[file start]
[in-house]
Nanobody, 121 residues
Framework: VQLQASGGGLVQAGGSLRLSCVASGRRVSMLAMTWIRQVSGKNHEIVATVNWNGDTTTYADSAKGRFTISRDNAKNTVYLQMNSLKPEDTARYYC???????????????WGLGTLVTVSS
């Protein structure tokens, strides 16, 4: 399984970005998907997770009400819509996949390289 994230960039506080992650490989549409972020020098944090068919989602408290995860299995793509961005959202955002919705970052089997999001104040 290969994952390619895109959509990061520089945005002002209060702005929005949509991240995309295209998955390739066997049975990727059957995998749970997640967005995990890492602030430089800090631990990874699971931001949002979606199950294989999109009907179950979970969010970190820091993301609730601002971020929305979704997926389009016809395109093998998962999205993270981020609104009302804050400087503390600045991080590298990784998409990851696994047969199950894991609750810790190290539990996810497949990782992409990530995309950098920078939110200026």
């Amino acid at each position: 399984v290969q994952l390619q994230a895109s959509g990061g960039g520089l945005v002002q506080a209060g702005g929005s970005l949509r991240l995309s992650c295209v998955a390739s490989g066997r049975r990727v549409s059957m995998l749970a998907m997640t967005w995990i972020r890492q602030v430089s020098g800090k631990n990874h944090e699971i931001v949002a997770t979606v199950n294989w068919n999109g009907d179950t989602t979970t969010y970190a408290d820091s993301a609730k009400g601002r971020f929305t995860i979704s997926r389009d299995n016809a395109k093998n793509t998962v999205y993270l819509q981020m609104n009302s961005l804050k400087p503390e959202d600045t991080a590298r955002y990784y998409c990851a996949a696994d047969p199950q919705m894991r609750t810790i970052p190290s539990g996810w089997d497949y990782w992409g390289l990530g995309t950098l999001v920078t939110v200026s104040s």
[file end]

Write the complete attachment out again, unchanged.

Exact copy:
[in-house]
Nanobody, 121 residues
Framework: VQLQASGGGLVQAGGSLRLSCVASGRRVSMLAMTWIRQVSGKNHEIVATVNWNGDTTTYADSAKGRFTISRDNAKNTVYLQMNSLKPEDTARYYC???????????????WGLGTLVTVSS
């Protein structure tokens, strides 16, 4: 399984970005998907997770009400819509996949390289 994230960039506080992650490989549409972020020098944090068919989602408290995860299995793509961005959202955002919705970052089997999001104040 290969994952390619895109959509990061520089945005002002209060702005929005949509991240995309295209998955390739066997049975990727059957995998749970997640967005995990890492602030430089800090631990990874699971931001949002979606199950294989999109009907179950979970969010970190820091993301609730601002971020929305979704997926389009016809395109093998998962999205993270981020609104009302804050400087503390600045991080590298990784998409990851696994047969199950894991609750810790190290539990996810497949990782992409990530995309950098920078939110200026």
């Amino acid at each position: 399984v290969q994952l390619q994230a895109s959509g990061g960039g520089l945005v002002q506080a209060g702005g929005s970005l949509r991240l995309s992650c295209v998955a390739s490989g066997r049975r990727v549409s059957m995998l749970a998907m997640t967005w995990i972020r890492q602030v430089s020098g800090k631990n990874h944090e699971i931001v949002a997770t979606v199950n294989w068919n999109g009907d179950t989602t979970t969010y970190a408290d820091s993301a609730k009400g601002r971020f929305t995860i979704s997926r389009d299995n016809a395109k093998n793509t998962v999205y993270l819509q981020m609104n009302s961005l804050k400087p503390e959202d600045t991080a590298r955002y990784y998409c990851a996949a696994d047969p199950q919705m894991r609750t810790i970052p190290s539990g996810w089997d497949y990782w992409g390289l990530g995309t950098l999001v920078t939110v200026s104040s």